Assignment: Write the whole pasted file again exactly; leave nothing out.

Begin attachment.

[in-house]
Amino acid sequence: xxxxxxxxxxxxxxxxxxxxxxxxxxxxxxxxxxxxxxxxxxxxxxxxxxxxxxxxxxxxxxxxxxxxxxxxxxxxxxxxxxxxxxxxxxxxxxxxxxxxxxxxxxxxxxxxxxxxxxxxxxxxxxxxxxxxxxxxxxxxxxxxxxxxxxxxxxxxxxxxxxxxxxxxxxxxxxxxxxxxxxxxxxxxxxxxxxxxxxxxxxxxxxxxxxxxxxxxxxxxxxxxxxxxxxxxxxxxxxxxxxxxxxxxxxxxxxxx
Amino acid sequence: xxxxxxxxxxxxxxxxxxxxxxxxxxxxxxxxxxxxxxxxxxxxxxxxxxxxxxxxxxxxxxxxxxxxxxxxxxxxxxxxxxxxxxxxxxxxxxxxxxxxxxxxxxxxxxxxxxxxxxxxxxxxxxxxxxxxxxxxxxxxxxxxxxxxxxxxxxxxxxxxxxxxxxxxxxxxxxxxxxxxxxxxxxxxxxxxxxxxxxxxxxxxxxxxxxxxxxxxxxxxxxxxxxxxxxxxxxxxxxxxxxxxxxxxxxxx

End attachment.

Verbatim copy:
[in-house]
Amino acid sequence: xxxxxxxxxxxxxxxxxxxxxxxxxxxxxxxxxxxxxxxxxxxxxxxxxxxxxxxxxxxxxxxxxxxxxxxxxxxxxxxxxxxxxxxxxxxxxxxxxxxxxxxxxxxxxxxxxxxxxxxxxxxxxxxxxxxxxxxxxxxxxxxxxxxxxxxxxxxxxxxxxxxxxxxxxxxxxxxxxxxxxxxxxxxxxxxxxxxxxxxxxxxxxxxxxxxxxxxxxxxxxxxxxxxxxxxxxxxxxxxxxxxxxxxxxxxxxxxx
Amino acid sequence: xxxxxxxxxxxxxxxxxxxxxxxxxxxxxxxxxxxxxxxxxxxxxxxxxxxxxxxxxxxxxxxxxxxxxxxxxxxxxxxxxxxxxxxxxxxxxxxxxxxxxxxxxxxxxxxxxxxxxxxxxxxxxxxxxxxxxxxxxxxxxxxxxxxxxxxxxxxxxxxxxxxxxxxxxxxxxxxxxxxxxxxxxxxxxxxxxxxxxxxxxxxxxxxxxxxxxxxxxxxxxxxxxxxxxxxxxxxxxxxxxxxxxxxxxxxx